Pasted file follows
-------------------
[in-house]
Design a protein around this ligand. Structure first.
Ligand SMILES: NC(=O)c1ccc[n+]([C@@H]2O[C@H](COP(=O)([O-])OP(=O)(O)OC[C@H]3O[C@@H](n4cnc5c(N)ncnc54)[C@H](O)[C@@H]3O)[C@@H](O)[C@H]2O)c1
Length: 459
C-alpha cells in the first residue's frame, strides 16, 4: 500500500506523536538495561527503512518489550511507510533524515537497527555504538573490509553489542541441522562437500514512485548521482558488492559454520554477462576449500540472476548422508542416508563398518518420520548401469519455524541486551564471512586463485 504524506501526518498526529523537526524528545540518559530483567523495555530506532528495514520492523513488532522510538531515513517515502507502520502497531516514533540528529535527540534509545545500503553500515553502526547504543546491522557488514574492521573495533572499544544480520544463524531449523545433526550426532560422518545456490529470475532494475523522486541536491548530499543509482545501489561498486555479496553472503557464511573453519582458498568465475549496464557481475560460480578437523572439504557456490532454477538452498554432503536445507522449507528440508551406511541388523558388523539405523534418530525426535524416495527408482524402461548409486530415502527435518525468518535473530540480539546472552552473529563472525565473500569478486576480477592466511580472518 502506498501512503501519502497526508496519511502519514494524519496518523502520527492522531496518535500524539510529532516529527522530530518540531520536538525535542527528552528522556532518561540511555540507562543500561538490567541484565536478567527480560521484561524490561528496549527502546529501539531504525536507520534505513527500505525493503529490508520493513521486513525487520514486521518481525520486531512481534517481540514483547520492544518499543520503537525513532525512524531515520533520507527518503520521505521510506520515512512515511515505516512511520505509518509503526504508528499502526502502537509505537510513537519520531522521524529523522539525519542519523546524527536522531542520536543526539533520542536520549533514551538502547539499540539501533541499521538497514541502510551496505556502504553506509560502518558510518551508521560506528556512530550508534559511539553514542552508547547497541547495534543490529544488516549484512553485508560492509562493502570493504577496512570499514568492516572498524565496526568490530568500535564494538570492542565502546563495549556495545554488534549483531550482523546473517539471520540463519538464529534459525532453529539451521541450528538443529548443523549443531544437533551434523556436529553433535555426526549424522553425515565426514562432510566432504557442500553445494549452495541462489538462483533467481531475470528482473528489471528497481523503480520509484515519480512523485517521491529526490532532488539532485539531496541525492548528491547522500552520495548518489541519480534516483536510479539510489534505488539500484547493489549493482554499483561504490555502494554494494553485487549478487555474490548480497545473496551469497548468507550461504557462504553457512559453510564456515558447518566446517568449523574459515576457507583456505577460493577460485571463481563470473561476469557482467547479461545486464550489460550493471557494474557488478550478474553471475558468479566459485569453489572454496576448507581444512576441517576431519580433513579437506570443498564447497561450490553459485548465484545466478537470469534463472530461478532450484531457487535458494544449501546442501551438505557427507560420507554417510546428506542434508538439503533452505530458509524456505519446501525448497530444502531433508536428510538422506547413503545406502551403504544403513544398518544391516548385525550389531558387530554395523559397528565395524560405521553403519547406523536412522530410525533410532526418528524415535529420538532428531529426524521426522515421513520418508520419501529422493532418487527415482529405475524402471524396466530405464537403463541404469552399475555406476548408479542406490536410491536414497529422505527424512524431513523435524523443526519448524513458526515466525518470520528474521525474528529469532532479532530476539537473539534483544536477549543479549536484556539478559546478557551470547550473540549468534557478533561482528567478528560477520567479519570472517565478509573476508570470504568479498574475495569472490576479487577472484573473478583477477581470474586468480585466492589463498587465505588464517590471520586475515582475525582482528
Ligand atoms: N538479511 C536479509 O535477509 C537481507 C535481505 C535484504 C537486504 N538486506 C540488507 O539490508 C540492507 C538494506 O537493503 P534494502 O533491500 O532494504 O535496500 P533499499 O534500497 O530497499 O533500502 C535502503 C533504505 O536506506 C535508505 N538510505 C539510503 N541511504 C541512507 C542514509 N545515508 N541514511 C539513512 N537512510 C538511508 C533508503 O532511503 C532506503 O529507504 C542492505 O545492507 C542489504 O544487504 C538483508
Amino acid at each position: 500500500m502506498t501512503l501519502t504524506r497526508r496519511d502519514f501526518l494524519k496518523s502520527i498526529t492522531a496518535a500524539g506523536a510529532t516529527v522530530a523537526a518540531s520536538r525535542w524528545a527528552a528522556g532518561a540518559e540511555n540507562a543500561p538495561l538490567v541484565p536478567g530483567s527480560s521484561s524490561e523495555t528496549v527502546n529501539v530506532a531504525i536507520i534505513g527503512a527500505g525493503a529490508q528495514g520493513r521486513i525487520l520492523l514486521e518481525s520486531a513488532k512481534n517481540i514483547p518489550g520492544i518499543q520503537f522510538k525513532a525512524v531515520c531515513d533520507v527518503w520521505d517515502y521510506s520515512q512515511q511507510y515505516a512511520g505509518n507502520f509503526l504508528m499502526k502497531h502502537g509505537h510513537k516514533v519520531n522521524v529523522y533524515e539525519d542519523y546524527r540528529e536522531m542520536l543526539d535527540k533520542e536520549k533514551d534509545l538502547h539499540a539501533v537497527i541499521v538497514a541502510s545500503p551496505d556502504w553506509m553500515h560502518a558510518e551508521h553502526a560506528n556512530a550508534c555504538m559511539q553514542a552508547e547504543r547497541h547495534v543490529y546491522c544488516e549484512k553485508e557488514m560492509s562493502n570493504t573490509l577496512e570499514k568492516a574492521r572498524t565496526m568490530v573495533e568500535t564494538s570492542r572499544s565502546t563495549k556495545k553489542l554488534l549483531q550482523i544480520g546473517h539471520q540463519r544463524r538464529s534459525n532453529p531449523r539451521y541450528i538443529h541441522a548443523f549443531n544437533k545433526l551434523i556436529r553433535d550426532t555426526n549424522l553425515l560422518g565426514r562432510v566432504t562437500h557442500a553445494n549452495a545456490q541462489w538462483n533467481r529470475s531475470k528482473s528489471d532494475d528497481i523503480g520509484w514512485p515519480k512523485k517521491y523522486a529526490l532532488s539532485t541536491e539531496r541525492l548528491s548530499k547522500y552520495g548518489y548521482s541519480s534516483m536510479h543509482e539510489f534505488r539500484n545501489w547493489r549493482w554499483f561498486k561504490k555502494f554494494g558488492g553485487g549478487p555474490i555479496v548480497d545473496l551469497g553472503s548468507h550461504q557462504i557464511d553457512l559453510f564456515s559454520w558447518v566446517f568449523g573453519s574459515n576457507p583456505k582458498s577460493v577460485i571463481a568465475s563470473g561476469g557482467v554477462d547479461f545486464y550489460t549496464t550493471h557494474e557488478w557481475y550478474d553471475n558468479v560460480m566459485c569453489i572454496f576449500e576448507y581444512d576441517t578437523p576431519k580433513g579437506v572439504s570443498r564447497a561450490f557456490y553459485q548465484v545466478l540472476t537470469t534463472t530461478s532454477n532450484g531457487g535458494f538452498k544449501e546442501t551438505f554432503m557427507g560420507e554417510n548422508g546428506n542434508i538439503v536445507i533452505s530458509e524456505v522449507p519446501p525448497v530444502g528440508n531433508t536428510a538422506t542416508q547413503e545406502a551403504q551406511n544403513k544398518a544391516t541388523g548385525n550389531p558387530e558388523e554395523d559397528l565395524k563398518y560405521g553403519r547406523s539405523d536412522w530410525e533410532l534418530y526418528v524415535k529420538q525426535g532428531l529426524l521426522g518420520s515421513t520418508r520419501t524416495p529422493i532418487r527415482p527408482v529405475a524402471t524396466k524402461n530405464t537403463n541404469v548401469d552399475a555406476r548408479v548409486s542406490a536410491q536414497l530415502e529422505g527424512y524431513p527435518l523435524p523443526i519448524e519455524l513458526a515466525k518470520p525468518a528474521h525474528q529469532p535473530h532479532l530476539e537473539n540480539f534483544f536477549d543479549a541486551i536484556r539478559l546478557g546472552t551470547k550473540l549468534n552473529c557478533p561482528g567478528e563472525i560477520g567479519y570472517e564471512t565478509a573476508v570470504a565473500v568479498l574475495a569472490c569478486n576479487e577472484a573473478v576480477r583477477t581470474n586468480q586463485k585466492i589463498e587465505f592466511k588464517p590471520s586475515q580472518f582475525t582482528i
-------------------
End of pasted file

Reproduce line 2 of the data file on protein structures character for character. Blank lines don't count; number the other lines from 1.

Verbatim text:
Design a protein around this ligand. Structure first.